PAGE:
Kale gets a lot of accolades—and rightfully so—but there’s another, lesser-known vegetable that might be the secret key to good health.
Dr. Nick Bitz travelled to New York from Southern California a couple of weeks ago to appear at a wellness convention on behalf of Youtheory, a company that makes all-natural dietary supplements. A certified naturopathic doctor, Dr. Bitz is Youtheory’s chief scientific officer, meaning he oversees the company’s product development.
After introducing some of Youtheory’s older products, Dr. Bitz gestured to one of the company’s newer supplements—a supplement that the company had only just debuted, and that contained an ingredient called “Maca.”
Maca, a root vegetable similar to a potato, has been a staple in Peru for centuries, Dr. Bitz explained in a follow-up conversation on the phone. Though its name isn’t nearly as recognizable today as acai or goji berries, it was popular in the natural health community in the 1980s. Now, it’s on the rise again.
“There’s this interesting cycle in the industry—what’s old is new again,” Dr. Bitz said. “Maca is coming back into vogue.”
Though scientific studies of maca have been scarce and sometimes inconclusive, Dr. Bitz and others maintain it has a number of health benefits.
For one thing, supporters claim it increases libido.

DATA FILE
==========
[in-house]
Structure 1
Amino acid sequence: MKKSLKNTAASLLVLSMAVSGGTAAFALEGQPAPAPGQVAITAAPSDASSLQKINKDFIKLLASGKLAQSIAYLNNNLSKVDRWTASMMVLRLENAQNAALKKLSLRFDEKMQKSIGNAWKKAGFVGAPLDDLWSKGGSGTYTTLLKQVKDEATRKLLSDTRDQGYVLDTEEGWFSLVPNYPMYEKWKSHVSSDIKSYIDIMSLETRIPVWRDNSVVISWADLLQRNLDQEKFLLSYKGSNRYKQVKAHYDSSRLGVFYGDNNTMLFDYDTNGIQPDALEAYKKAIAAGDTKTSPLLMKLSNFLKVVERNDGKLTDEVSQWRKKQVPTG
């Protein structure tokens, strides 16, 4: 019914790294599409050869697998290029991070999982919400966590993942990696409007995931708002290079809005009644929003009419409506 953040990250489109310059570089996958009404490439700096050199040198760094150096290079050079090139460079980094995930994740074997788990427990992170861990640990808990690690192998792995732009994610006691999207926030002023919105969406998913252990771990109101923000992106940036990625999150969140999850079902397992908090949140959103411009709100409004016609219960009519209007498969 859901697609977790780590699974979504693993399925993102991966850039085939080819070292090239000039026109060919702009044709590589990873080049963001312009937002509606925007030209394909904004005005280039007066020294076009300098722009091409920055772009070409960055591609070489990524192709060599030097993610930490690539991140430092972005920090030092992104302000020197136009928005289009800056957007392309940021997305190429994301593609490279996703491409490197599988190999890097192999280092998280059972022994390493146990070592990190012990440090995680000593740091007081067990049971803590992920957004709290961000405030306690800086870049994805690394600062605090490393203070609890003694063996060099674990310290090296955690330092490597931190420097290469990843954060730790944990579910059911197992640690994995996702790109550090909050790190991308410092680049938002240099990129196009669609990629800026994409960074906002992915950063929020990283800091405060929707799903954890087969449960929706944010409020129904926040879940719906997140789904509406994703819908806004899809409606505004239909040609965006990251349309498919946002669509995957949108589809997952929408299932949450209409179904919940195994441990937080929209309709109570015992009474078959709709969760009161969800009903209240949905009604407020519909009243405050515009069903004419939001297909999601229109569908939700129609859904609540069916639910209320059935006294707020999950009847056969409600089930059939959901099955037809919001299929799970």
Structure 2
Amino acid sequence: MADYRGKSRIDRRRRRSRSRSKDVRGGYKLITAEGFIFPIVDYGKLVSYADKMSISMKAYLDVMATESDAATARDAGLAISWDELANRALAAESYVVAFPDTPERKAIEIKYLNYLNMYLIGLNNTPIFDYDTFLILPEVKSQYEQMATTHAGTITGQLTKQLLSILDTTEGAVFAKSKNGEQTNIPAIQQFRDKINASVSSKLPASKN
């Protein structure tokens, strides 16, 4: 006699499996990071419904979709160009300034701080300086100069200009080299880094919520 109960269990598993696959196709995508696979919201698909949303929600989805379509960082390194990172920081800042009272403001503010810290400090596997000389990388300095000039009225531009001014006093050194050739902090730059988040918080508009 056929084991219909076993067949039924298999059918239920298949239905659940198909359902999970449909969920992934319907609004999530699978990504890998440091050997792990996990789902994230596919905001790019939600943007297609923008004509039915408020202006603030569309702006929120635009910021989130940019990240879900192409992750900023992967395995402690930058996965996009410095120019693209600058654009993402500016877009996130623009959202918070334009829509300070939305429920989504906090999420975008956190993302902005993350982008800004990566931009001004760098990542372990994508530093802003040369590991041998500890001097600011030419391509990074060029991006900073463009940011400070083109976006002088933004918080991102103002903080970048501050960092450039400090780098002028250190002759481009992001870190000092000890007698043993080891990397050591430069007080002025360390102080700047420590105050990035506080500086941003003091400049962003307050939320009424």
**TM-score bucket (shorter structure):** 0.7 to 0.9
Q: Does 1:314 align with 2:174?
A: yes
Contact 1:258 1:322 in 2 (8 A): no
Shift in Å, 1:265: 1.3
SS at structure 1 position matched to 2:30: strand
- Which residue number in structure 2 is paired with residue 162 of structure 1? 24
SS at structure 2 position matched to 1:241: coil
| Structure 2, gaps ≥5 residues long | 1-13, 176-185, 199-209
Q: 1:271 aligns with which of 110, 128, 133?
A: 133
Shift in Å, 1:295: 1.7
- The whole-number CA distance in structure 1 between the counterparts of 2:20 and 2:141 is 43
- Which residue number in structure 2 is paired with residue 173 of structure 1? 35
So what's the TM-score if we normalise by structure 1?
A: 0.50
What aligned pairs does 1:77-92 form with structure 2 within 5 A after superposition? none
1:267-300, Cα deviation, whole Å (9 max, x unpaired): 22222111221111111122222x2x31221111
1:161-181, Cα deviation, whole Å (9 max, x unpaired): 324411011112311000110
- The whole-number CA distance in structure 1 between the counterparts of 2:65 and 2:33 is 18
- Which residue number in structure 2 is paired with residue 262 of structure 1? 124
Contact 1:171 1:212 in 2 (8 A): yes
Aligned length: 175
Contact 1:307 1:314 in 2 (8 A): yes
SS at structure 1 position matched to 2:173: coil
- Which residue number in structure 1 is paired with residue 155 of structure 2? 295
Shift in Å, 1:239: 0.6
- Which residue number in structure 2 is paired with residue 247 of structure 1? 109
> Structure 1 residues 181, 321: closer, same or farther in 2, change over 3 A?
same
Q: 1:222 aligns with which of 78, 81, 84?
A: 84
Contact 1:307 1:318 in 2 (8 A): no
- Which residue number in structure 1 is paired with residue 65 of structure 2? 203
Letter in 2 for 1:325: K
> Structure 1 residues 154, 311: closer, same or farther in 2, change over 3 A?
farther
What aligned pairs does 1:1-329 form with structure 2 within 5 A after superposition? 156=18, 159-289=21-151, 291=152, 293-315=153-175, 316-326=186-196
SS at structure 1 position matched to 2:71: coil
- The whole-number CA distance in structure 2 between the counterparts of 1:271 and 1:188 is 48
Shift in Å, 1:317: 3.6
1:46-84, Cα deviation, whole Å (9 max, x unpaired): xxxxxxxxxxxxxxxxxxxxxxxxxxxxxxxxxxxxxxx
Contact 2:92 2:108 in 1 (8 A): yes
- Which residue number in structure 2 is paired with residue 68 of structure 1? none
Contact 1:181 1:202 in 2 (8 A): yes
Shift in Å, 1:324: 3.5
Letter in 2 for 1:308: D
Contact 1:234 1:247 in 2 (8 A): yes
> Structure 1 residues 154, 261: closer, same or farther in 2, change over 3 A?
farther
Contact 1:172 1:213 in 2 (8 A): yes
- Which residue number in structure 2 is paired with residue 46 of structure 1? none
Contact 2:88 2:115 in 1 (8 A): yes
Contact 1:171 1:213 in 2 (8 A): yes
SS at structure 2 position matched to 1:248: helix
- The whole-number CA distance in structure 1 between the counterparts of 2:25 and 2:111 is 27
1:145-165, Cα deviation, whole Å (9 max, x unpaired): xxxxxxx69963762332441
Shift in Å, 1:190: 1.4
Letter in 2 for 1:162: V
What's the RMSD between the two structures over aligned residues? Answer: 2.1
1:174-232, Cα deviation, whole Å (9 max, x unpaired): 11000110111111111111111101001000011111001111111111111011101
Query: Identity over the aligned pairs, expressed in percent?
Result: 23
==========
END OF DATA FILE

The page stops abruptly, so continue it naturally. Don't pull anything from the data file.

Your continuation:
Though some research states otherwise, a 2010 study found evidence that the root increased sexual function in men and women. Clinical trials, those researchers wrote, “suggested a significant positive effect of maca on sexual dysfunction or sexual desire in healthy menopausal women or healthy adult men.” Still, they recommended “more rigorous studies are warranted” to reach definite conclusions.
“Maca is fantastic for libido for men,” Dr. Bitz said.
For women, maca is also known to balance menopausal hormones, as well as treat depression in post-menopausal women.
The tuber also provides natural boosts of energy, Dr. Bitz said, meaning it’s great for people looking to kick their coffee habits.
“Over time they don’t need the coffee in the morning because they’re getting that natural lift,” he said.
Youtheory’s maca supplements are made from maca found in Peru’s Andes Mountains, Mr. Bitz said—not from China, like a lot of other maca products entering the market. Though Peruvian and Chinese maca haven’t been tested against each other, Mr. Bitz suspects the Peruvian strain is stronger.
When maca is grown in the high-altitude Andes Mountains, he explained, it undergoes more “stress” than its Chinese counterpart.
“If it’s grown at a lower elevation, it doesn’t have the same stress as when it’s up at a higher elevation with wind and a lack of water,” he said. “It stresses it in unique ways that give it medicinal properties.”
Mr. Bitz knows some people are skeptical about the effectiveness of natural supplements. Part of the problem, he said, is that “people aren’t dosing these natural products high enough.”
“These are tools to be incorporated into daily lifestyle that you take day in and day out,” he said. “People are trying to take too little for not long enough.”
“These are closer to food,” he said, “than they are to pharmaceutical drugs.”